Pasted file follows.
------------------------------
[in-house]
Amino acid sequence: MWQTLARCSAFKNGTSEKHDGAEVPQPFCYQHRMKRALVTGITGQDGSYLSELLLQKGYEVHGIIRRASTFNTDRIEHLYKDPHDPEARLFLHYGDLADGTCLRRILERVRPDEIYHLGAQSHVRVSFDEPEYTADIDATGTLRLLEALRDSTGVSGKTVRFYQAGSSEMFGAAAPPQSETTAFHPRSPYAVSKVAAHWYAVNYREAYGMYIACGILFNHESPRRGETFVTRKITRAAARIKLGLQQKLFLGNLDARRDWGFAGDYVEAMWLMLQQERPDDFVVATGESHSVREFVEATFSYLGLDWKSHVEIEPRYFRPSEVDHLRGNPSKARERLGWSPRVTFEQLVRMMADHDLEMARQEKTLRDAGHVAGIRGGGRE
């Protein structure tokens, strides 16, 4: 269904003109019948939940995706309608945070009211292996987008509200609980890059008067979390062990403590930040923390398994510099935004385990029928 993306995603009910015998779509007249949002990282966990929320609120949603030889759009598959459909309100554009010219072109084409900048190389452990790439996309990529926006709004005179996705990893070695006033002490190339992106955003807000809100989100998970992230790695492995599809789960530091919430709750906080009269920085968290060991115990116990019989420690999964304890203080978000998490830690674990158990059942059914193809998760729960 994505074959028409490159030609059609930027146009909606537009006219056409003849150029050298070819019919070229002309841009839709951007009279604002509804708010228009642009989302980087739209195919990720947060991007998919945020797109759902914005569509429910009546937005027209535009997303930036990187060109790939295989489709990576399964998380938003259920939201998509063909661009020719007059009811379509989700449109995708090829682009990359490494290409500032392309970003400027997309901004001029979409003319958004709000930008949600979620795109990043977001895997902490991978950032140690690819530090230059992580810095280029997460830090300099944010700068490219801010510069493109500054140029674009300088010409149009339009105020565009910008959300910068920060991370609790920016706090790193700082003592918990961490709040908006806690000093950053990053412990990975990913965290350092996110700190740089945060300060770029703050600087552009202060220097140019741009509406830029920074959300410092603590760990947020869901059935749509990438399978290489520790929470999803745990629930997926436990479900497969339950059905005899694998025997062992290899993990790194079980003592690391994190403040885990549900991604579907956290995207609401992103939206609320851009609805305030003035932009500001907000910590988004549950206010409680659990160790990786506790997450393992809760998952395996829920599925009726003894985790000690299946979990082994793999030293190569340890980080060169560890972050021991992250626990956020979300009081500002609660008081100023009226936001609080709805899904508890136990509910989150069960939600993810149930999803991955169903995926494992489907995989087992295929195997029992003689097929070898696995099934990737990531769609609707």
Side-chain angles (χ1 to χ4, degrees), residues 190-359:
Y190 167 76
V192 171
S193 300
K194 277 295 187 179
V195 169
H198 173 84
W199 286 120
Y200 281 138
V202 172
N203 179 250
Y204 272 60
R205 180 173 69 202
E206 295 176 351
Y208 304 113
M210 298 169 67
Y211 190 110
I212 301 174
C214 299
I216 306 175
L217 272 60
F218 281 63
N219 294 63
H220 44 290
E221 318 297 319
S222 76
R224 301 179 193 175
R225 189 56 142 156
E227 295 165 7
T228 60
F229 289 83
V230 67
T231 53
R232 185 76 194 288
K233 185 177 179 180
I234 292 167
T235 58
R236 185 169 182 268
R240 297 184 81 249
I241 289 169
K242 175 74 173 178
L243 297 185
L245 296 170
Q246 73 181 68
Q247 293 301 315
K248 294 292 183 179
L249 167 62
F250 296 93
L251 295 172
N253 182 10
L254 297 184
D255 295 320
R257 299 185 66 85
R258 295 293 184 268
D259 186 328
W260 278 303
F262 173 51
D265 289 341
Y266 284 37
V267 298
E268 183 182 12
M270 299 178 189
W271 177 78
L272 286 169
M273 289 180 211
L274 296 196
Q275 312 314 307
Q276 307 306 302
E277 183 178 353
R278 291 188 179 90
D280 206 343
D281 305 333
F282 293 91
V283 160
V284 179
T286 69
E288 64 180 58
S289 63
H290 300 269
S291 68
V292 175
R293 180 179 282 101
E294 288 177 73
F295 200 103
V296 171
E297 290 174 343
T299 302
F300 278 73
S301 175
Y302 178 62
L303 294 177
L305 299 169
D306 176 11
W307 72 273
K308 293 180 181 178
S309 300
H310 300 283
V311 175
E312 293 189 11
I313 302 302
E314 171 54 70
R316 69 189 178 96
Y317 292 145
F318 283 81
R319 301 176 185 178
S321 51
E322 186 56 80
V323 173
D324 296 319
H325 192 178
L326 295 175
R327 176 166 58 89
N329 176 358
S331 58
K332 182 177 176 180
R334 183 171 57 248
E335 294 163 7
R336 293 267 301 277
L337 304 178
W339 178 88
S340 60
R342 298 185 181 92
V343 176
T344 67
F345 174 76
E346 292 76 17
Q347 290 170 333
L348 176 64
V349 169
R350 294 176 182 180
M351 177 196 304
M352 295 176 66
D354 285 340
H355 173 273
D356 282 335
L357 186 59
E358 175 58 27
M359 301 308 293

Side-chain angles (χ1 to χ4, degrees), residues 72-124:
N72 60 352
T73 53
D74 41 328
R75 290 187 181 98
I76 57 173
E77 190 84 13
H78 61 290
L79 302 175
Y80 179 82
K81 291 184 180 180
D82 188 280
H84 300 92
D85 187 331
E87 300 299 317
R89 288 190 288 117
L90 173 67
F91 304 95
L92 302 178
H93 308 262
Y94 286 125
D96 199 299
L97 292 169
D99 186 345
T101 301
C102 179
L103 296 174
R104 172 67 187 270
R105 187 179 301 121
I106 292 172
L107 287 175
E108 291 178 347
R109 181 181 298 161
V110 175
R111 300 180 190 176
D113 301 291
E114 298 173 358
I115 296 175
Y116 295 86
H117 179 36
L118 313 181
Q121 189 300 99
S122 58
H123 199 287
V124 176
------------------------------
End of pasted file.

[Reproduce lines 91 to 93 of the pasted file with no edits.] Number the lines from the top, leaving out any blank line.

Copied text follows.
F300 278 73
S301 175
Y302 178 62